By RENALDO DORSETT
IN October, the Bahamas Lawn Tennis Association launched its version of the ITF’s “Play and Stay” programme in the capital. Now, the organisation will formally expand to the family islands.
The BLTA will team up with Friends of Tennis for Harbour Island, Bahamas to host a highly anticipated weekend of tennis events, July 19-21, highlighted by the aforementioned programme.
Play and Stay co-ordinator Bradley Bain said the goal is to “promote the game of tennis and expose more youngsters to the game of tennis.”
A Play and Stay workshop set for July 19 will be conducted for parents, coaches and volunteers to introduce them to the format of the programme, creating a new group of teachers for beginners.
Wesley Rolle seeks to develop local coaches in Harbour Island to assume control of the “Play and Stay” programme.
Rolle, a former president of the BLTA, has been making major strides in the programme by tutoring beginners in the game for the past year.
June 20 will feature a Tennis Fun Day fundraiser to assist the Harbour Island Tennis Programme in a myriad of ways, including facilities and equipment upgrades.
Bahamian Davis Cup player Marvin Rolle and touring player and collegiate player Dirnage Saunders will make an appearance with an exhibition at the Pink Sands tennis courts at 11am.
The “Play and Stay” workshop will continue for the remainder of the weekend conducted by Bain.
Scores of young tennis enthusiasts turned Rawson Square into a temporary court in October for the programme’s launch.
The programme represents a global shift in the rules governing youth tennis and is expected to have a direct impact on the development of the game locally, bringing a wider cross section of newcomers to the sport.
Bahamas Lawn Tennis Association president Derron Donaldson also saw to it that the new facilities constructed to house the programme will be named in honour of Bahamian tennis great Mark Knowles.
The new initiative features smaller rackets, smaller courts, and slower balls tailored to the skills of beginning tennis players.
It is now mandatory for competition for players aged 10-and-under to be played with slower red, orange and green balls on the appropriate sized courts, while the traditional yellow ball will no longer be permitted for 10-and-under competition.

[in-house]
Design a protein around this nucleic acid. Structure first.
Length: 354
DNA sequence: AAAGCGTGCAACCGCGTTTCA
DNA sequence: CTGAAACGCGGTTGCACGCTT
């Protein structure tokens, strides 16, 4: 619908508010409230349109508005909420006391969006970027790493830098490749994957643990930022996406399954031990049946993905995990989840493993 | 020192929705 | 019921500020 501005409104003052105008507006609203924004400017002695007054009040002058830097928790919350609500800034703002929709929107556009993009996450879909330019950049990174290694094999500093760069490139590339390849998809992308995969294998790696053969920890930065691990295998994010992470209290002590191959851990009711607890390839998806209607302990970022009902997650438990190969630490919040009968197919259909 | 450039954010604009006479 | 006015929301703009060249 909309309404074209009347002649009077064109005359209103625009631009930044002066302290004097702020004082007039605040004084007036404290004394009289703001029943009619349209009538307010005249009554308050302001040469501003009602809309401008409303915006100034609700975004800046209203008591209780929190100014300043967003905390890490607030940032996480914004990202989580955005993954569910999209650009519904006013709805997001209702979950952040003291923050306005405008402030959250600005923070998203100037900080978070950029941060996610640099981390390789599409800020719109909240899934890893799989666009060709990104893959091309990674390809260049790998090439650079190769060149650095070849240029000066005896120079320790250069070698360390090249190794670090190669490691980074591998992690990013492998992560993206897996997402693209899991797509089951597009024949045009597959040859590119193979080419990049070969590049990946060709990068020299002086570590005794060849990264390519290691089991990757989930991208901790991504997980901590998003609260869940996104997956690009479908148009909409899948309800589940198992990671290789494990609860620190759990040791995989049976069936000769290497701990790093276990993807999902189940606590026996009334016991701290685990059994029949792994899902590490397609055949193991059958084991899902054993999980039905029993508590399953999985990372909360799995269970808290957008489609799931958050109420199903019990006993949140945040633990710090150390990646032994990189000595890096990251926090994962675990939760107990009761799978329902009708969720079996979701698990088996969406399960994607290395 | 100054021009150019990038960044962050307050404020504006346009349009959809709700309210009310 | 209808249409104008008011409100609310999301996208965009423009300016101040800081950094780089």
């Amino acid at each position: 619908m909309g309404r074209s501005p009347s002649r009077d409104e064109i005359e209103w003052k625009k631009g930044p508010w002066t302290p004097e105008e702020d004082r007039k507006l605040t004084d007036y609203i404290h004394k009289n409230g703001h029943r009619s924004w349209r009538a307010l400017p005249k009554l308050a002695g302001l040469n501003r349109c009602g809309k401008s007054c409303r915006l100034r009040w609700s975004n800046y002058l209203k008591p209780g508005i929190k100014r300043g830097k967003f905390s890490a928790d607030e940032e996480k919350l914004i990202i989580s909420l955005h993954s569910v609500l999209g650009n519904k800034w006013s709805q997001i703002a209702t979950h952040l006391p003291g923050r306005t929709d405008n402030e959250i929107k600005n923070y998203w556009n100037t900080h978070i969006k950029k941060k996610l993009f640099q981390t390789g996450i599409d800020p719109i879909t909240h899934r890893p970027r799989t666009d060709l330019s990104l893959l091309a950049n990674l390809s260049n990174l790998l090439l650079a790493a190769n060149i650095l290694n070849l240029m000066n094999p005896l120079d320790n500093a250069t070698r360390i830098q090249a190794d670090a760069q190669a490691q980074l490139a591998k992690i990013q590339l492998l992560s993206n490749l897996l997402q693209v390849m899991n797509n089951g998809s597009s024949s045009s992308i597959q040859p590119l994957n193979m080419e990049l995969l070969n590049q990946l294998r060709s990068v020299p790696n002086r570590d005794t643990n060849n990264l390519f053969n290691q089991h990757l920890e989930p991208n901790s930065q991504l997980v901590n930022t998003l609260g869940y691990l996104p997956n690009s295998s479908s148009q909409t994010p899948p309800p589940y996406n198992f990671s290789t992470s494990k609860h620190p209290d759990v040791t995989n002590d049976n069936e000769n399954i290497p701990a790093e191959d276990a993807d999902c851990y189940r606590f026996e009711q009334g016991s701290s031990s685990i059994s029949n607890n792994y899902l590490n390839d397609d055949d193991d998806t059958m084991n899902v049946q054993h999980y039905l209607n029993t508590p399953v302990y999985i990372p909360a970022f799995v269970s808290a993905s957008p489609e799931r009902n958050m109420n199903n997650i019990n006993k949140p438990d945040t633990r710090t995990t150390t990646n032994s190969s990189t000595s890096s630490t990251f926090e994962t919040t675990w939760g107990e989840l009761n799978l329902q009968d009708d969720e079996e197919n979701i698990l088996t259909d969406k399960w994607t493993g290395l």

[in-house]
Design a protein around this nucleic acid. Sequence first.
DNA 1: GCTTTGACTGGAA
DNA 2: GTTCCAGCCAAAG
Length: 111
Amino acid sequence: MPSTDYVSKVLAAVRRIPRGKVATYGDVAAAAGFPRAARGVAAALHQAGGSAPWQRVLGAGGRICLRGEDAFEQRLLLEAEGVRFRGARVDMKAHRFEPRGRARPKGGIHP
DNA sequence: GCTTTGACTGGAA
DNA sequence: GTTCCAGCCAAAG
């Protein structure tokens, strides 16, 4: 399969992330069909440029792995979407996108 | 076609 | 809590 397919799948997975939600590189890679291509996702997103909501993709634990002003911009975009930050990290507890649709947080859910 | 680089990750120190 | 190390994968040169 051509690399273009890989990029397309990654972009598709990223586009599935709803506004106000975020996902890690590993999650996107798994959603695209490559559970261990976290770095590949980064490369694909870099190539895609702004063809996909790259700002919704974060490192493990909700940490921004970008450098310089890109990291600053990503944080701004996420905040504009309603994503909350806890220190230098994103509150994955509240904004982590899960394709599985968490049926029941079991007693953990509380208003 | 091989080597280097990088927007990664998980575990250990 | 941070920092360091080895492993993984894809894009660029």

According to Donaldson, the programme will strengthen the feeder system of the Bahamas’ junior development programme.
“This will be the ticket to strengthening and developing an already strong junior development programme. In this format, tennis is at its easiest to learn, it’s inexpensive, can be played on a wide variety of surfaces so we can target an even greater number of kids and get them into the sport as fast as possible,” he said.
“The goal is to bring them into the sport, have them experience relative success rather quickly and make the game as interesting and attractive as possible to them at a young age. If we can bring about 50 kids to each free outing of mini tennis we host, there may be about 10-15 natural talents in that crowd that will stick with the game, hence the ‘Play and Stay’ theme coined by the ITF.”
The ITF’s Tennis Play and Stay campaign centers around the slogan “serve, rally and score” and the recommendation that starter players play the game outright from their first lesson.
The campaign is supported by the top ITF nations and professional players, including Roger Federer, Rafael Nadal and Justine Henin, as well as the equipment manufacturers.
The campaign aims to retain more starter children and adults in the sport by improving the way in which coaches worldwide introduce tennis to starter players, ensuring their first experience is both positive and enjoyable.
“This is our first major event and of course the goal is for massive support and attention as the first step, and eventually getting the mini tennis programme in schools.
“The BLTA hosted a ‘Play and Stay’ course for 25 teachers last November as the first step toward the inter-school competitions,” Donaldson said.